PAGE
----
Labour rebels are considering their next move after a wounded Gordon Brown insisted he was determined to hang on in No 10 despite a fracturing of his authority and backbench calls for him to go.
The Prime Minister was heading for Normandy for the D-Day 65th anniversary commemorations after conducting one of the most chaotic Cabinet reshuffles in recent political history.
On a tumultuous day, he just about managed to put together a new top team after James Purnell's dramatic Thursday night resignation as Work and Pensions Secretary failed to trigger an all out Cabinet rebellion.
However, the danger for the Prime Minister may not be over with the plotters behind the so-called "peasants' revolt" of backbench MPs apparently biding their time over the weekend.
The turmoil over Friday's reshuffle effectively overshadowed a disastrous showing by Labour in the local government elections which saw the party lose control of its four remaining county councils in England. But the results of the European elections have yet to be announced and another drubbing for Labour when they come out on Sunday evening could be the cue to the rebels to show their hand when MPs return to Westminster on Monday.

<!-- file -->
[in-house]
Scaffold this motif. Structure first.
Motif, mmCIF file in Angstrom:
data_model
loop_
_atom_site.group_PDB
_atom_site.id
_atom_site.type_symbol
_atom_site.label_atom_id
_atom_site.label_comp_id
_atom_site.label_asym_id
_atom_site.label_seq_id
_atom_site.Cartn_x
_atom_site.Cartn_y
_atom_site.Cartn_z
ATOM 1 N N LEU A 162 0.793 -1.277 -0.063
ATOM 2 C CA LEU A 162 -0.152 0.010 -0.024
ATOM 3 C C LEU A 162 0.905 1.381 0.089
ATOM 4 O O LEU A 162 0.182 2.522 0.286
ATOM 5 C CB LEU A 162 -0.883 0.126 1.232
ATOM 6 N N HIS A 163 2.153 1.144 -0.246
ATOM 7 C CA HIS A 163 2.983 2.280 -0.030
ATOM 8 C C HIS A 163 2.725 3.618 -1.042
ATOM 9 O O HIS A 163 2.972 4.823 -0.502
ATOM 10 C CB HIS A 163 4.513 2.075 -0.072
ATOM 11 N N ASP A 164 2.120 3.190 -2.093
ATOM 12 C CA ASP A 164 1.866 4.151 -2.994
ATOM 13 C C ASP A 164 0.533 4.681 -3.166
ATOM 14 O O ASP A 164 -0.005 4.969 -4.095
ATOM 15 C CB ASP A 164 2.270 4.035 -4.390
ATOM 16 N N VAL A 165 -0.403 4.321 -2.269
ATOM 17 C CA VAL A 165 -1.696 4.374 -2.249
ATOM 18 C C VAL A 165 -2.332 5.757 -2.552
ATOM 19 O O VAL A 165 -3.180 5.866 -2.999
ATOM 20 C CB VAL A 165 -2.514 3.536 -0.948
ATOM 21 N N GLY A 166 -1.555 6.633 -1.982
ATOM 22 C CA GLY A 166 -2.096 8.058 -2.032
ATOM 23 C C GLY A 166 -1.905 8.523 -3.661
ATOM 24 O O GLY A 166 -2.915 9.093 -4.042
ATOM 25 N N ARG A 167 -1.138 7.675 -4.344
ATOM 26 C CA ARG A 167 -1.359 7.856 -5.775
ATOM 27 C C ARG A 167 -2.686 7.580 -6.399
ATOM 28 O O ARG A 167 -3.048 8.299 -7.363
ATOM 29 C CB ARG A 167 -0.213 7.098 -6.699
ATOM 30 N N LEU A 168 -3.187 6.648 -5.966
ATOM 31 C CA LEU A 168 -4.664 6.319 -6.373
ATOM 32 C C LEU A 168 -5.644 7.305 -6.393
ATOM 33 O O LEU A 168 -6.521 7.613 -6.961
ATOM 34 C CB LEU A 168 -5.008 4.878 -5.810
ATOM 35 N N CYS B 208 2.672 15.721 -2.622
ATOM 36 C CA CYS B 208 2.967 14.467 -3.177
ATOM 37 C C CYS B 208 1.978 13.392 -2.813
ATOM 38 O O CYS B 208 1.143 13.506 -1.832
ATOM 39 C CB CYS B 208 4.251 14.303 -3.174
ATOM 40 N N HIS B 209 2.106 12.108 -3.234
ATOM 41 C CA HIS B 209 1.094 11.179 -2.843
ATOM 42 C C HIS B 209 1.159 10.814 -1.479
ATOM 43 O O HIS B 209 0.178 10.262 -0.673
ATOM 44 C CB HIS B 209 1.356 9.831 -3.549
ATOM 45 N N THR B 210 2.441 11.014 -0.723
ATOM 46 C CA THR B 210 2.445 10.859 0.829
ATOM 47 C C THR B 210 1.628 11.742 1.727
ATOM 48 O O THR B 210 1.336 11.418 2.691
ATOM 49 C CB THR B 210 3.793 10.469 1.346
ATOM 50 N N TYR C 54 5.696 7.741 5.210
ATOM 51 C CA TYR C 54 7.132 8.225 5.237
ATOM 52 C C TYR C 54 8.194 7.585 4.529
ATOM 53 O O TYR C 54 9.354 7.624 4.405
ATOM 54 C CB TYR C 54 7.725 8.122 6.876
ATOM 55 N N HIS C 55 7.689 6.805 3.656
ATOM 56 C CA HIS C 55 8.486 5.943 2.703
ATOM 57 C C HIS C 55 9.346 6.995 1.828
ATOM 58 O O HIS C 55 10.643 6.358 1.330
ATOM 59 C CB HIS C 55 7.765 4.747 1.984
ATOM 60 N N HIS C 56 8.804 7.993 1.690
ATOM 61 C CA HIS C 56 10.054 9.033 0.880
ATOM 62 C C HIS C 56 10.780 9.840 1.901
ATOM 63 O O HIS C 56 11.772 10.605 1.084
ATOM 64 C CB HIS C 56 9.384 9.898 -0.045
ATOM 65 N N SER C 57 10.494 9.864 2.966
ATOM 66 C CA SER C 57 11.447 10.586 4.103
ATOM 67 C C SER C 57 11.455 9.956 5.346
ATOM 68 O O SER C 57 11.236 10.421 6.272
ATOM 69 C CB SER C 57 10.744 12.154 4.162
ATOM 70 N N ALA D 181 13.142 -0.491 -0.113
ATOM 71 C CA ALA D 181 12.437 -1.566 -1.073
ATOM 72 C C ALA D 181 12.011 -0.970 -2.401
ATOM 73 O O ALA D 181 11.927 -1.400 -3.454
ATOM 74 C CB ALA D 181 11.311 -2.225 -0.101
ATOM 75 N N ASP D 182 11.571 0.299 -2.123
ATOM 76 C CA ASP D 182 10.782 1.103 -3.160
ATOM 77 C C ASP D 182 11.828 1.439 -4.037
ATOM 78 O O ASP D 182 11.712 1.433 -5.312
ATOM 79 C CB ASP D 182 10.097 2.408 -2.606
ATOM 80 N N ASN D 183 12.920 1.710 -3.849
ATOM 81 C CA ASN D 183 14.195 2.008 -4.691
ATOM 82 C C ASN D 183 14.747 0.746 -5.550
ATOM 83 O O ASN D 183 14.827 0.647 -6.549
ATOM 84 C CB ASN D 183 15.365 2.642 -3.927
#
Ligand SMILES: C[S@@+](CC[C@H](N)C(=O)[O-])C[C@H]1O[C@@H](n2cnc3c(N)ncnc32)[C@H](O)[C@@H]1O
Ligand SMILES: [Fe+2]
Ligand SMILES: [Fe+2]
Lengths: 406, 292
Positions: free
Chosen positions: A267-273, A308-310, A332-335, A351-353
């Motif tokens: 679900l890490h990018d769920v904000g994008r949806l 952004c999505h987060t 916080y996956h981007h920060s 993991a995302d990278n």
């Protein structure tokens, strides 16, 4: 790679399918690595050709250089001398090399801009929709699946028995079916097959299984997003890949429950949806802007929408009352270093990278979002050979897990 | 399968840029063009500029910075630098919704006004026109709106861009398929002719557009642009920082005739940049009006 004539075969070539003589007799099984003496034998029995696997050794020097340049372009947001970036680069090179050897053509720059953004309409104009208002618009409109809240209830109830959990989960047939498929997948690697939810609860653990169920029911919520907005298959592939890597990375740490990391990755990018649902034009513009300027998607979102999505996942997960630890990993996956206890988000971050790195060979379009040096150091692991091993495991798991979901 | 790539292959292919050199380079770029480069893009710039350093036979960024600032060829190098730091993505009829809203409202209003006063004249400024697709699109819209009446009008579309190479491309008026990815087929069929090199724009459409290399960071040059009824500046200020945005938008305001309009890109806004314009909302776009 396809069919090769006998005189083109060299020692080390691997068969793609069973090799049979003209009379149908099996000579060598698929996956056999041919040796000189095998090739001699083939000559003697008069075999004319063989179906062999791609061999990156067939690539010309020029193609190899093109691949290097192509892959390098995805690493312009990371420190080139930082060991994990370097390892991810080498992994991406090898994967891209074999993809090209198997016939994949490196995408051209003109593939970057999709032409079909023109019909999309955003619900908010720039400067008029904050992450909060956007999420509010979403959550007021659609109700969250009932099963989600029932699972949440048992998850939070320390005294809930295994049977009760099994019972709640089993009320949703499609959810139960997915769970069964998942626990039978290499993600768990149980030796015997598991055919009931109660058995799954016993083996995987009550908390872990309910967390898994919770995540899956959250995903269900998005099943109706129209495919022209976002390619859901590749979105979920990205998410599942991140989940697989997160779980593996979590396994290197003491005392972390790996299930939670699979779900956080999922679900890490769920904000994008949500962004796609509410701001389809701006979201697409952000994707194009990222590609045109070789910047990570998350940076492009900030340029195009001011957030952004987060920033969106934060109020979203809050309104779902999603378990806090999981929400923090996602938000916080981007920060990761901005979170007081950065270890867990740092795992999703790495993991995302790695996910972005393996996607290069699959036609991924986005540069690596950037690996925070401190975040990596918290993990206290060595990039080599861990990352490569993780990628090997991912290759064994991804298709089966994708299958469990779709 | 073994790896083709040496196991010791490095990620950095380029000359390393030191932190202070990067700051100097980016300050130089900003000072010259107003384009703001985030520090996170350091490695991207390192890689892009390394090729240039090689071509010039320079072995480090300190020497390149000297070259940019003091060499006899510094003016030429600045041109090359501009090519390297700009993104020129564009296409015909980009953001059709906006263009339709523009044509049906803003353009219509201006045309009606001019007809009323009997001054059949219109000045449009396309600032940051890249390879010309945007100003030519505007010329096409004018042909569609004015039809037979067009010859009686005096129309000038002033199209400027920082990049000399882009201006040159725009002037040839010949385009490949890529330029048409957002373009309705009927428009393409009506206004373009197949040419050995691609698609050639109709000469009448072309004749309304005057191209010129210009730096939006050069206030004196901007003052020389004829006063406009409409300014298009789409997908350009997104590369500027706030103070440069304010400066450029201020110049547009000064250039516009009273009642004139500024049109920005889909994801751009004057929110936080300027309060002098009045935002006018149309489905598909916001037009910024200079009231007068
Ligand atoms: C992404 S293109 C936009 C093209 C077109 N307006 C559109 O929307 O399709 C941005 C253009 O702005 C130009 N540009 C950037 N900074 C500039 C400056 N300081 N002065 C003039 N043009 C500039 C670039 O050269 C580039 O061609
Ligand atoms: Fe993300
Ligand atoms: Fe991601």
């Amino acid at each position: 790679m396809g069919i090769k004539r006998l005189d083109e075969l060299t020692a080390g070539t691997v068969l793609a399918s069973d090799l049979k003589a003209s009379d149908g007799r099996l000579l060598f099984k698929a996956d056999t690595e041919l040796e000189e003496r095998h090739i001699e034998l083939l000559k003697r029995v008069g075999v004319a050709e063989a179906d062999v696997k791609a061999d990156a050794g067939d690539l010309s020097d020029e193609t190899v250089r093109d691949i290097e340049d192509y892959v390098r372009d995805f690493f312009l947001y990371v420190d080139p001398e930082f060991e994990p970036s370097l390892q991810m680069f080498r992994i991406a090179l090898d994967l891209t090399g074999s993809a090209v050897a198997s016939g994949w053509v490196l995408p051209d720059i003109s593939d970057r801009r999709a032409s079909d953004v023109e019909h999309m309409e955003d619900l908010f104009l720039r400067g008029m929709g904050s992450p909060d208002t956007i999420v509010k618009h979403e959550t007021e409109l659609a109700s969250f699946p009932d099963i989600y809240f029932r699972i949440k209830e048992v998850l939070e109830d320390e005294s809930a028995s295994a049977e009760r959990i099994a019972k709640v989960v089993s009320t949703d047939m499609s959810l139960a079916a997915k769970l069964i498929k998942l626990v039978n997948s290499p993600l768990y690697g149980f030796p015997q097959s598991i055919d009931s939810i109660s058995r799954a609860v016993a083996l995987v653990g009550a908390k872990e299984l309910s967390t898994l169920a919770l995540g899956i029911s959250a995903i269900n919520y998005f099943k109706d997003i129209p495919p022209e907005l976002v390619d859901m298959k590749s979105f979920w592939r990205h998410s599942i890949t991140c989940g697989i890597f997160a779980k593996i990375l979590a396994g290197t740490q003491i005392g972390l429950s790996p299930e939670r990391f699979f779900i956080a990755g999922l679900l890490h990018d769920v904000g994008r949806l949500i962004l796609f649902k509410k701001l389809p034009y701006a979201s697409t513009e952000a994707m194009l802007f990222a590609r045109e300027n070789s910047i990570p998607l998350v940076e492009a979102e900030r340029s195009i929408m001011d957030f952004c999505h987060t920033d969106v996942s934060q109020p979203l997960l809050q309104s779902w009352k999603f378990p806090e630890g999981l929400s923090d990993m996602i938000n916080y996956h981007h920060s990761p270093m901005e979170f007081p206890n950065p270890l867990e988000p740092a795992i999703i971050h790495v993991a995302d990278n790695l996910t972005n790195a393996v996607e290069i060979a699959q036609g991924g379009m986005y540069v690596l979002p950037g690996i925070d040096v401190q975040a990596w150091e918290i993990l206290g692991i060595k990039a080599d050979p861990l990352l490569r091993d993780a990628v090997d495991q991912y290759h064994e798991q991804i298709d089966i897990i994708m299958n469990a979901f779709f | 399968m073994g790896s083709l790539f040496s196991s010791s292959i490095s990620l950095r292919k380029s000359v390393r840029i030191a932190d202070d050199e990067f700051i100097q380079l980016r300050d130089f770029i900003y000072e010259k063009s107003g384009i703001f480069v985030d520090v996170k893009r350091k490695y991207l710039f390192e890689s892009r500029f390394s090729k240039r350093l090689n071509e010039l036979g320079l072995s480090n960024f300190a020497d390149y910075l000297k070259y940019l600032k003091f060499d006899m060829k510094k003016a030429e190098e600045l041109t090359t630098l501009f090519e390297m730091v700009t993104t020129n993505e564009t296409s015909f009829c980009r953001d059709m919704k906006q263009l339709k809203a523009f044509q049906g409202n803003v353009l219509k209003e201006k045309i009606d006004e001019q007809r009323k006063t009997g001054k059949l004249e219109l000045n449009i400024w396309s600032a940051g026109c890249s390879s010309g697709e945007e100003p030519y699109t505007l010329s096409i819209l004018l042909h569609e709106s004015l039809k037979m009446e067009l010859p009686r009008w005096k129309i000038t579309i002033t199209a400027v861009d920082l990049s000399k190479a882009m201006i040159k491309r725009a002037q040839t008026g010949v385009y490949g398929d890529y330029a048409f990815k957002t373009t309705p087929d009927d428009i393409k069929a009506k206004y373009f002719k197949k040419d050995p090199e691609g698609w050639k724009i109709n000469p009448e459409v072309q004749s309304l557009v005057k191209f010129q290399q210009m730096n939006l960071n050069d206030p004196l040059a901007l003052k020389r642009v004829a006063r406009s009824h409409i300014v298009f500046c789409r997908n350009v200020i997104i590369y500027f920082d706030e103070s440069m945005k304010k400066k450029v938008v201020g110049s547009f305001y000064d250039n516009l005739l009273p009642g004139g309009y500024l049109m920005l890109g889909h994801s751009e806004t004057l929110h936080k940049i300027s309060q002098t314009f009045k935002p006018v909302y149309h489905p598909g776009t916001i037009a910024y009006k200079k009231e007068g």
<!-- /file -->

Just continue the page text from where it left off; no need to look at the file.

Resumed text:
Arch-Blairite and former Cabinet minister Stephen Byers said: "I think on Monday Labour MPs will be considering a very important question - is Gordon Brown a winner or is Gordon Brown a loser? Can Gordon Brown lead Labour to an election victory when the General Election is called or will he lead us to defeat?"
Mr Brown could also be hit by a revolt among middle and junior ministers as he completes his full Government reshuffle next week.
The Prime Minister had been forced to bring forward the reshuffle - which had originally been pencilled in for Monday. The underlying weakness of his position was highlighted by his failure to remove Alistair Darling from the Treasury and replace him as Chancellor with his closest lieutenant, Ed Balls.
With Mr Darling apparently refusing to accept an alternative post, Mr Brown could simply not afford another high-level resignation despite the damage to his authority. In the end Mr Brown was left to turn to Business Secretary Lord Mandelson to shore up his position, effectively anointing him as deputy prime minister in all but name.
He also locked in Alan Johnson, the man seen as his most likely replacement, promoting him to the position of Home Secretary.